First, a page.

2. Sexual Reproduction
Marchantia can be described as heterothallic, i.e., it is dioecious. The archegonia in the female plant are carried on special, erect stalked branches called archegoniophore. In the male plants, the antheridia are carried on an erect stalked branch called Antheridiophore.
Each archegoniophore is born from the region just below the thallus’ apex. A mature archegoniophore is a stalk with a distinct, usually 8-rayed or lobed, stellate disk at its apex. The rays are divided into radial rows. Each row is carried in an inverted orientation. Each archegonium has a flask-shaped structure. It consists of a narrow neck, several neck canal cells, and a swollen ventr which contains a ventral cell cell and an egg. Attached to each archegonium is a stalk that runs from the disc’s lobe.
Each antheridiophore has a similar position to the archegoniophore. It is composed of a stalk measuring between 1-3 cm in length and a disc measuring 8 lobes at its apex. Flask-shaped cavities are found towards the top of the disc. A mature antheridium is a pear-shaped, or globular body. It has a short stalk and a jacket layer made up of one layer of thinly walled cells. Many androcyte mother cells are found within the antheridial coat. Each androcyte mother cell splits diagonally into two triangular androcytes, or antherozoid mothers cells. Each androcyte eventually metamorphoses into biflagellate Sperm, i.e., an antherozoid.
It occurs in the presence of water. Rainwater is often sprayed onto the slightly elevated archegoniophores to splash the antherozoids. The antherozoids swim in the water and eventually reach the egg. One sperm merges with the egg when it reaches the egg. A diploid zygote (2n), is formed as a result. Diploid sporophytic generation starts with the formation of zygote.
The sporophyte’s first cell is the zygote. The zygote grows rapidly in size and almost fills the ventral cavity immediately after formation. The ventr cell also divides and redivides, forming multiple layers of calyptra that surrounds the developing sporophyte. The venter cells also divide and redivide, forming a collar-like outhgrowth of one-celled thickness known as pseudoperianth, or perigynium.
The zygote’s nucleus divides transversely first into two cells: an upper epibasal and lower hypobasal. Another vertical division occurs so that an 8-celled structure, i.e., the octant, is formed. The capsule and upper portion of the seta are formed by derivatives of epibasal cells, while hypobasal cells give rise to the lower section of the seta and foot of the sporophyte. The epibasal cells undergo periclinal divisions, which results in the formation of outer amphithecium (or inner endothecium) and sporogenous cells. The capsule’s single-layered jacket is made up of amphithecium and endothecium. Sporogenous cells are formed by the latter. Half of all cells that are produced by the endothecium form spore mother cell cells. The remaining cells become sterile and develop long, tapering cells known as elaters. Each meiotic division of a spore mother cells results in four haploid (spore-tetrad) spores.
The mature sporophyte has a more or less long structure. It can be divided into three distinct regions: seta, foot, and capsule. The archegonium base is a bulbous, or anchor-shaped, spreading foot. The seta, which is both short and thick, lies between the capsule and foot. The capsule has a nearly oval or spherical shape and is covered with single-layered cells. The capsule also contains inside spores, elaters.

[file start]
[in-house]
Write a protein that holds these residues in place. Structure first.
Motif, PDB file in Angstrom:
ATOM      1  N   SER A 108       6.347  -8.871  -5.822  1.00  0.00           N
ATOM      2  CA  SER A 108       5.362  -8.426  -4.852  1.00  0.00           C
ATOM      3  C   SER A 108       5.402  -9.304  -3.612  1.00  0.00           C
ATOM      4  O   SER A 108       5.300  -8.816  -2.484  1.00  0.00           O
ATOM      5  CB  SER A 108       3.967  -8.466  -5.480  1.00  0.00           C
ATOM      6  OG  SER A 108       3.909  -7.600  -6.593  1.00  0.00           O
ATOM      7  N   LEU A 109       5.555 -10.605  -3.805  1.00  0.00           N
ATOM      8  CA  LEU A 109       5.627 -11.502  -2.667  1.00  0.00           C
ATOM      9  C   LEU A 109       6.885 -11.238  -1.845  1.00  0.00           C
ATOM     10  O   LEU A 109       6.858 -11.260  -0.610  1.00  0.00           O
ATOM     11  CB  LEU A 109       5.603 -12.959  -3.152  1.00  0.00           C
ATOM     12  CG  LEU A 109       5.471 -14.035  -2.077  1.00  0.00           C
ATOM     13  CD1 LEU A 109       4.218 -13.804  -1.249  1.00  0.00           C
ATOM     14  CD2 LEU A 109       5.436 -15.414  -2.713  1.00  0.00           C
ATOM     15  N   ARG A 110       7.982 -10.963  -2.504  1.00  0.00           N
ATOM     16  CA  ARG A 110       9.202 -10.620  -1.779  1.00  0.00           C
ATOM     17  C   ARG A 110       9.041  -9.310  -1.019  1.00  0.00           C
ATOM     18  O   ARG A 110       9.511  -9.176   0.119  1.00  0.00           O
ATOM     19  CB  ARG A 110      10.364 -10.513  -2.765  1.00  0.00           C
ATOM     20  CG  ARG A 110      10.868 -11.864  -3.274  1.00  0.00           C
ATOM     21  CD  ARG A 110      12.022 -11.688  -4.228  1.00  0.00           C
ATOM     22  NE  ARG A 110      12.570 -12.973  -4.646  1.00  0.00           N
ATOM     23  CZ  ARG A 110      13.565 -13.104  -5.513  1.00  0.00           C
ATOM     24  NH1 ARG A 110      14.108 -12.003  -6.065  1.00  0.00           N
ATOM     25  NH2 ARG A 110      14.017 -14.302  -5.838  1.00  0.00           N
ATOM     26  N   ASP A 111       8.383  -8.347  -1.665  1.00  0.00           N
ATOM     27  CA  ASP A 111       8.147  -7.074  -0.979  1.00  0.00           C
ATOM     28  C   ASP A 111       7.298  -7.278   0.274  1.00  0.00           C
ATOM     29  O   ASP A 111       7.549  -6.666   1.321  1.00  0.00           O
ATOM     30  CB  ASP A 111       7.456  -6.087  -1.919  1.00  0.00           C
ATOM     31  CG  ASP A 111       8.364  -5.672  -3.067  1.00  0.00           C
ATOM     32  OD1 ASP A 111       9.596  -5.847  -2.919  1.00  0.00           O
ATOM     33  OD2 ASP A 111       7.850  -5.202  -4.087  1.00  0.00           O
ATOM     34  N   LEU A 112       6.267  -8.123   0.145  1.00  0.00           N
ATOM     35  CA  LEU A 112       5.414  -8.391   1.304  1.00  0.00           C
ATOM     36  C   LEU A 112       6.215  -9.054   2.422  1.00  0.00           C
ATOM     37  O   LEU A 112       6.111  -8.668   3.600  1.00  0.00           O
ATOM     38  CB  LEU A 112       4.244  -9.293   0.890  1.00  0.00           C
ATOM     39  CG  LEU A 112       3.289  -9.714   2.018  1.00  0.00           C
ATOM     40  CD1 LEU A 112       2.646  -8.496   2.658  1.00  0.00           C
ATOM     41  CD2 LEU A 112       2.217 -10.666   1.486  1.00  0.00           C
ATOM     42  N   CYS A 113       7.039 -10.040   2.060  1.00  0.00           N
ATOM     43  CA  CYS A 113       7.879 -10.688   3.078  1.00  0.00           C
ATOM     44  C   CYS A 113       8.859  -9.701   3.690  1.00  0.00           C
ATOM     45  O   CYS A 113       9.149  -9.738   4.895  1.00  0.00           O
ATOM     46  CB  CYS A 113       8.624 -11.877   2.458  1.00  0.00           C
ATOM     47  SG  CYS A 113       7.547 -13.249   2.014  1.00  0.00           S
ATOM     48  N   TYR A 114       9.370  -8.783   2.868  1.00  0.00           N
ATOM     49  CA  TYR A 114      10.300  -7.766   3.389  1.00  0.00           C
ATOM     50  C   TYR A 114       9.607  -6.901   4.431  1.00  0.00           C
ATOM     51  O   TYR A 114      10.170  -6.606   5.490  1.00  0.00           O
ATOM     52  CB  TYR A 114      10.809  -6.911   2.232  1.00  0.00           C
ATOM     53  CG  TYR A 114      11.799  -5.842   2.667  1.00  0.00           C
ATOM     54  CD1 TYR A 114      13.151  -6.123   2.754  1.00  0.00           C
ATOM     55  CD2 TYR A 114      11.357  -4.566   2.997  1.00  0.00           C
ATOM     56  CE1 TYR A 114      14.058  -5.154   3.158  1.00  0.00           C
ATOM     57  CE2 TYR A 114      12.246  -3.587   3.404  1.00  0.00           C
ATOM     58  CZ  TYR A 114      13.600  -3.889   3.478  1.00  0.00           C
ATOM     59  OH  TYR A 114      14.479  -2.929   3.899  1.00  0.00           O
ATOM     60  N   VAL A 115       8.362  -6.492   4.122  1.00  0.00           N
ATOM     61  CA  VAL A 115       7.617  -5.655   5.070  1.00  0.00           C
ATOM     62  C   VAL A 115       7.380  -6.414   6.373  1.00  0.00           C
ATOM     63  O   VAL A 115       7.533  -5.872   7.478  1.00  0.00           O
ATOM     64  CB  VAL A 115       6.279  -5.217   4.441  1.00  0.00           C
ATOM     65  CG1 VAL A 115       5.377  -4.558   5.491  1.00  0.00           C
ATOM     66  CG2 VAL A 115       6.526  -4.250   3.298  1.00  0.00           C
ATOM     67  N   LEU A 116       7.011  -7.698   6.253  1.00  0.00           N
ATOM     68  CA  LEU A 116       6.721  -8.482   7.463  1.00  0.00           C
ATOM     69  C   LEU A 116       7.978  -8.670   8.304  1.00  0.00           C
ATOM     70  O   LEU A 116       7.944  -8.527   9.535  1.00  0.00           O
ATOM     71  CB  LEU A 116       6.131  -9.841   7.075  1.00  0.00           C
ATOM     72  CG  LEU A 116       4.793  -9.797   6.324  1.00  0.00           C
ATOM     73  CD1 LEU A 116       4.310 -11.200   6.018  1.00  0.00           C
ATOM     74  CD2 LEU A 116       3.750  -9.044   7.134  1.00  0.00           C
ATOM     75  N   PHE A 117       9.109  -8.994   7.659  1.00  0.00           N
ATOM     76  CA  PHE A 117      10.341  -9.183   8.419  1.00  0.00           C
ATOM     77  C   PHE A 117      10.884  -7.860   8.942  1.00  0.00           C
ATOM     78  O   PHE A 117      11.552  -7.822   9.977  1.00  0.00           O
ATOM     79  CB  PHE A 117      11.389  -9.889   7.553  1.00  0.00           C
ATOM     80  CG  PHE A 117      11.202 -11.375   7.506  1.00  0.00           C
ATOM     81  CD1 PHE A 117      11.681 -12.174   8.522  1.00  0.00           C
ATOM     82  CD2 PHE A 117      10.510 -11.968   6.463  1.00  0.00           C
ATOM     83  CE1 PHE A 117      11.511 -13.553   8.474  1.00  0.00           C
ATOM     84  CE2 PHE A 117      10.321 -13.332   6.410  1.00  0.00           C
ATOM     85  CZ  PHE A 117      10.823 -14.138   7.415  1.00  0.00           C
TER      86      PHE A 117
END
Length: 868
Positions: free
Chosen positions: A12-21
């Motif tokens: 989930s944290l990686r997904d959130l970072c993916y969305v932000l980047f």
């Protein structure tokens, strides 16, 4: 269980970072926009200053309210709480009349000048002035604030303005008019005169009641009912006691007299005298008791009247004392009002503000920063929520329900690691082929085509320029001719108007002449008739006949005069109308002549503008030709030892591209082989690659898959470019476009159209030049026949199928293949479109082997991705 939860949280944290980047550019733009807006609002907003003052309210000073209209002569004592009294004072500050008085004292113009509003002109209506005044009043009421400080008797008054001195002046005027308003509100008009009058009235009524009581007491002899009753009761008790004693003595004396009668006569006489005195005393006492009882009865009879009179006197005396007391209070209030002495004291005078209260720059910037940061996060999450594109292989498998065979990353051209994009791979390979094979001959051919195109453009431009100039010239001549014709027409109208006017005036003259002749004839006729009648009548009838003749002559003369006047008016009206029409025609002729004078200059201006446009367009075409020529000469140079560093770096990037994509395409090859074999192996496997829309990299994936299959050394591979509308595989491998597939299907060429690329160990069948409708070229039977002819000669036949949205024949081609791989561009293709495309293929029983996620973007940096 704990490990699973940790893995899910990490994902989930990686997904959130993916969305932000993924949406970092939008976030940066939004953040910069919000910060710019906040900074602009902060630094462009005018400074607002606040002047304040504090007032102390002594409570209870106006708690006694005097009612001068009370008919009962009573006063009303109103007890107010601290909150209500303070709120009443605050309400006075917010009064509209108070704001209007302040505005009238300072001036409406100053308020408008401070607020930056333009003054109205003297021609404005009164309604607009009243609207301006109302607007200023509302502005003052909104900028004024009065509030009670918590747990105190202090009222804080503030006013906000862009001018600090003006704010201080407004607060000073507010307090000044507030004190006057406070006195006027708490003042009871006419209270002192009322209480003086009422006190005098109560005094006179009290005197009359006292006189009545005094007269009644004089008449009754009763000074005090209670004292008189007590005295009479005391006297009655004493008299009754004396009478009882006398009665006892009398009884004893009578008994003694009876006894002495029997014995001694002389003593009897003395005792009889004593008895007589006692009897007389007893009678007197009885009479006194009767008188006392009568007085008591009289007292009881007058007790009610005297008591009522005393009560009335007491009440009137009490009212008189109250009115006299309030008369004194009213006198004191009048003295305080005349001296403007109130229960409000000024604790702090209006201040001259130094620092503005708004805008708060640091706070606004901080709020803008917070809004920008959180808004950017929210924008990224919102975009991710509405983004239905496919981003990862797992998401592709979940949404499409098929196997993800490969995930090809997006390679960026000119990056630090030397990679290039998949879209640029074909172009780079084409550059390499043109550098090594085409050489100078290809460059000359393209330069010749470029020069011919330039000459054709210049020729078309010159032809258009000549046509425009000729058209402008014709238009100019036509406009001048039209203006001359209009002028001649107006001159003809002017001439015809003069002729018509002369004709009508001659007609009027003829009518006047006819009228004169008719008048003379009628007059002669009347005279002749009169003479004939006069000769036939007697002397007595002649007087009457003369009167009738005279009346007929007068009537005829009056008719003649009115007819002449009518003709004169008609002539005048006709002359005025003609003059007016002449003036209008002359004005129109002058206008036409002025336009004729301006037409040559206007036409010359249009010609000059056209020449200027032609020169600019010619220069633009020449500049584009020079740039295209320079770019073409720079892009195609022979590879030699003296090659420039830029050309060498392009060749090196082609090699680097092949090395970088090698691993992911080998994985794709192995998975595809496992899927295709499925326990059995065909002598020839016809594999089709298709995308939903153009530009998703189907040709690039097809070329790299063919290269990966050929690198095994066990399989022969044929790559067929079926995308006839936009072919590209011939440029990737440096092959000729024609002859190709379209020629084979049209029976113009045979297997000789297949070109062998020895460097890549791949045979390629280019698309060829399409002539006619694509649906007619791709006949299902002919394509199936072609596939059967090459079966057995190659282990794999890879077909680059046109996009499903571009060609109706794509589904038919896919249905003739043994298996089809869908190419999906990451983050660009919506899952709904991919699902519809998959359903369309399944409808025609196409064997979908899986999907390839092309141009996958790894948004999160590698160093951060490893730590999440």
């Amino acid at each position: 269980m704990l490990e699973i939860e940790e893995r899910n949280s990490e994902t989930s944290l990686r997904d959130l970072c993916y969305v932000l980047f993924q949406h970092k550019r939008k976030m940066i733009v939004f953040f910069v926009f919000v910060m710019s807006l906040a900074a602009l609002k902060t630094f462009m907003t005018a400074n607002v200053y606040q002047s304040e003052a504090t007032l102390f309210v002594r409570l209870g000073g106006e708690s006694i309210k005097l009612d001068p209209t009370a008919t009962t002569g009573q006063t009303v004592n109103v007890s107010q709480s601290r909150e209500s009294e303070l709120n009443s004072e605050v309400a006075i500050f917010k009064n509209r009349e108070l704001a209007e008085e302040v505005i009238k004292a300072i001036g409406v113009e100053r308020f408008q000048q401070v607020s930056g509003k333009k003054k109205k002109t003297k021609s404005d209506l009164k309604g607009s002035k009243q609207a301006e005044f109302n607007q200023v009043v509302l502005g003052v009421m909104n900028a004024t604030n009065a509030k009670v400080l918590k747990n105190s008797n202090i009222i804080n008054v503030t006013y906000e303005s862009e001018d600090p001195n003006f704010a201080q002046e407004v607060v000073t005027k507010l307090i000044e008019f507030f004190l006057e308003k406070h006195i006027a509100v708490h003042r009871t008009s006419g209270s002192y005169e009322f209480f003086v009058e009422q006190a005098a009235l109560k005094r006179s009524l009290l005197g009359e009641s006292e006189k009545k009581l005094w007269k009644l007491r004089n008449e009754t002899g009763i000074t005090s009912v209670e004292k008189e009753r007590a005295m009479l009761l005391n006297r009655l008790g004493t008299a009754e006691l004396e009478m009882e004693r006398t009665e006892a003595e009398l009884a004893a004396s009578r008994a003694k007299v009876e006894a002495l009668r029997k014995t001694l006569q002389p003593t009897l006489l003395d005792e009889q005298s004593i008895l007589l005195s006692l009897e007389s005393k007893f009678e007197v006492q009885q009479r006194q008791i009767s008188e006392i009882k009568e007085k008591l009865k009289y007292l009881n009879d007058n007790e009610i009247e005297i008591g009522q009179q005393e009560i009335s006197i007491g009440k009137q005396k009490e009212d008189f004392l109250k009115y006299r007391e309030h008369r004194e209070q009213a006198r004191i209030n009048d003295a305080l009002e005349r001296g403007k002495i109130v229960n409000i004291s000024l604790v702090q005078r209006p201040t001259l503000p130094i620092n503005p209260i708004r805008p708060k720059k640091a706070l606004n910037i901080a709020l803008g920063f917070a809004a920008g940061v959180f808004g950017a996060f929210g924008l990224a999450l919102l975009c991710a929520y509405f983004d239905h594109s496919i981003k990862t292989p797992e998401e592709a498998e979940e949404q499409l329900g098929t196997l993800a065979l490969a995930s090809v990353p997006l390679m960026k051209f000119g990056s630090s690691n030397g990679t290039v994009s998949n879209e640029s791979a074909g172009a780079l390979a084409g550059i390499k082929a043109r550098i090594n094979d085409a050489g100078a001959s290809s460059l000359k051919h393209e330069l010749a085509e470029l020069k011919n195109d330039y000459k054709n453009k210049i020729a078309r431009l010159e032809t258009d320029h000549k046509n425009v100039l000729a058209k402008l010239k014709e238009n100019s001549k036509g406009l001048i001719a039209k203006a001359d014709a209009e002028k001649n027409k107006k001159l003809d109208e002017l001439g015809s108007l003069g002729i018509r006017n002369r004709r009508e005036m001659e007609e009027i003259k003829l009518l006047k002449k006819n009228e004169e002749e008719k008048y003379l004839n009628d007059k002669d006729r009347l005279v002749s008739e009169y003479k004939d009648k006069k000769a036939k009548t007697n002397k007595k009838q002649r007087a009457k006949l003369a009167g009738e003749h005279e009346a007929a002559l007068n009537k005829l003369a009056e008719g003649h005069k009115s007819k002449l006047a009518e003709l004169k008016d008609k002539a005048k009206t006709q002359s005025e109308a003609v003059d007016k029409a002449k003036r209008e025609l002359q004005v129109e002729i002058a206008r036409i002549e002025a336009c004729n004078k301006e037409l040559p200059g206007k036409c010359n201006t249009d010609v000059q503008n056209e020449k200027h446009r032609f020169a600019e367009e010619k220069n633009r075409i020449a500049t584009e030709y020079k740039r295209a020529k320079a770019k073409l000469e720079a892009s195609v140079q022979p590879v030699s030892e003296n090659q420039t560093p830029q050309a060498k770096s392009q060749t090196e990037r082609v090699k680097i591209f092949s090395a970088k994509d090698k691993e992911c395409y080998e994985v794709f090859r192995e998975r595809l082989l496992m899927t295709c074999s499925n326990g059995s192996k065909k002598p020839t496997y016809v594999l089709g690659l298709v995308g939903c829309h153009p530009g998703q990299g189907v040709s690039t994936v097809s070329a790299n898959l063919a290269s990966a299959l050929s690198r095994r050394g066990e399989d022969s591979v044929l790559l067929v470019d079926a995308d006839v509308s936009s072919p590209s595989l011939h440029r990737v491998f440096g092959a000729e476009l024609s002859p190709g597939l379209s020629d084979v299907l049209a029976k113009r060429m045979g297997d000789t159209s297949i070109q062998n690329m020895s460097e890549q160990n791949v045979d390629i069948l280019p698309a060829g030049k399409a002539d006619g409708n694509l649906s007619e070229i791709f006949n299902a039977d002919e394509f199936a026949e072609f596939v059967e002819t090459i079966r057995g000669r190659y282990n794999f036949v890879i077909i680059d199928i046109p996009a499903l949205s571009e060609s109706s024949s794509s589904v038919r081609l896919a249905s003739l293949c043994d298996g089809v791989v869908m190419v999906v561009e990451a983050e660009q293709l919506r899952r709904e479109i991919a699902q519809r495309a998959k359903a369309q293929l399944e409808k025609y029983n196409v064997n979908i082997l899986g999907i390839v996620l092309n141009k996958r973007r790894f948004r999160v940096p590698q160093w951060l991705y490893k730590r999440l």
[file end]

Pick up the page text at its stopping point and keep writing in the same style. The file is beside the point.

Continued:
The spore is released and germinates in a favorable environment, producing a germ tube that gives rise to a new Marchantia plant.
Structure of the Mature Sporophyte
Marchantia’s mature sporophyte is divided into three parts: seta, foot and capsule.
It is a bulbous, expanded mass of cells located at the base the sporogonium. It serves as an anchoring and absorbing organ. It absorbs nutrients from gametophyte.
It’s a stalk with a slight elongated shape that connects the capsule to the foot. These cells are parenchymatous, and they grow in length. Seta is a lengthening process that pushes the mature capitula out of the calyptra.
It is a yellow-colored spherical structure that contains many spores. Three covers protect the capsule: Perichaetium and calyptra-perigynium protect the capsule.
Dehiscence of the Capsule:
The jacket of the mature hanging sporogonium capsule (capsule), is dried and splits longitudinally to form a variable number if longitudinal lobes. These lobes run from the apex of the capsule to the middle. Due to their hygroscopic nature, the coiling and uncoiling elaters aid in the dispersal and discharge of sport to the atmosphere.
The spores are small and round, measuring between 12 and 30 um in diameter. They have a thin outer exine and an inner intine that are slightly thicker. Some species also have a layer outside of the exine called perispore.
Life cycle of marchantia
Marchantia exhibits alternation of generation. The haploid sexual phase and the diploid asexual stage alternate. Marchantia’s life cycle is haplodiplontic. Multicellular structures are used to represent both the diploid and haploid phases.
The gametophyte (haploid) is the main free-living plant body. The gametophyte is the anchorage and food source for the short-lived sporophyte stage (diploid).
Antherozoids and eggs are formed by the male and female gametophytes. These fusions form the diploid fertile zygote. To form a multicellular organism, the zygote divides through mitotic division. The spore mother cells divide through meiosis to create the haploid seed, which then germinates to become the haploid gametophyte.